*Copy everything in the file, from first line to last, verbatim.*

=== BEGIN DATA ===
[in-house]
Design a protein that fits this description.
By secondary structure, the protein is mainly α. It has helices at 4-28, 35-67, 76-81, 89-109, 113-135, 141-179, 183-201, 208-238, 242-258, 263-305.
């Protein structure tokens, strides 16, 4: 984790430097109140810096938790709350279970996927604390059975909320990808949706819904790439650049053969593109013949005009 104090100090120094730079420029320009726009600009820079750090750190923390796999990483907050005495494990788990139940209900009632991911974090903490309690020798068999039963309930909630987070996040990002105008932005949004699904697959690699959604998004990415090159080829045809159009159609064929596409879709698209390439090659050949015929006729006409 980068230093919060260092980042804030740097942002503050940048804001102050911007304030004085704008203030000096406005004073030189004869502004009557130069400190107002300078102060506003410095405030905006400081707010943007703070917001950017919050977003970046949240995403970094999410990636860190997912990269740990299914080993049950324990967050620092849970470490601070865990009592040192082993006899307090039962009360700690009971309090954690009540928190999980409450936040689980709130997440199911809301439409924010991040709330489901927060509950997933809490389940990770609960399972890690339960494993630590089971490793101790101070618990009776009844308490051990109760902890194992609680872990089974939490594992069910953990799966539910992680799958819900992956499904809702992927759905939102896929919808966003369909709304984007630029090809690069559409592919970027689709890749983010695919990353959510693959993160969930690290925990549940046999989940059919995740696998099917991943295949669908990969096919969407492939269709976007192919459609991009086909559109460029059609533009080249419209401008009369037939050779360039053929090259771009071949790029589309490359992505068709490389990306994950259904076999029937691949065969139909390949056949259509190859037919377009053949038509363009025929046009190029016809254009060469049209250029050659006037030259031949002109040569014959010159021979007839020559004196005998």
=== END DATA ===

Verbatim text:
[in-house]
Design a protein that fits this description.
By secondary structure, the protein is mainly α. It has helices at 4-28, 35-67, 76-81, 89-109, 113-135, 141-179, 183-201, 208-238, 242-258, 263-305.
């Protein structure tokens, strides 16, 4: 984790430097109140810096938790709350279970996927604390059975909320990808949706819904790439650049053969593109013949005009 104090100090120094730079420029320009726009600009820079750090750190923390796999990483907050005495494990788990139940209900009632991911974090903490309690020798068999039963309930909630987070996040990002105008932005949004699904697959690699959604998004990415090159080829045809159009159609064929596409879709698209390439090659050949015929006729006409 980068230093919060260092980042804030740097942002503050940048804001102050911007304030004085704008203030000096406005004073030189004869502004009557130069400190107002300078102060506003410095405030905006400081707010943007703070917001950017919050977003970046949240995403970094999410990636860190997912990269740990299914080993049950324990967050620092849970470490601070865990009592040192082993006899307090039962009360700690009971309090954690009540928190999980409450936040689980709130997440199911809301439409924010991040709330489901927060509950997933809490389940990770609960399972890690339960494993630590089971490793101790101070618990009776009844308490051990109760902890194992609680872990089974939490594992069910953990799966539910992680799958819900992956499904809702992927759905939102896929919808966003369909709304984007630029090809690069559409592919970027689709890749983010695919990353959510693959993160969930690290925990549940046999989940059919995740696998099917991943295949669908990969096919969407492939269709976007192919459609991009086909559109460029059609533009080249419209401008009369037939050779360039053929090259771009071949790029589309490359992505068709490389990306994950259904076999029937691949065969139909390949056949259509190859037919377009053949038509363009025929046009190029016809254009060469049209250029050659006037030259031949002109040569014959010159021979007839020559004196005998």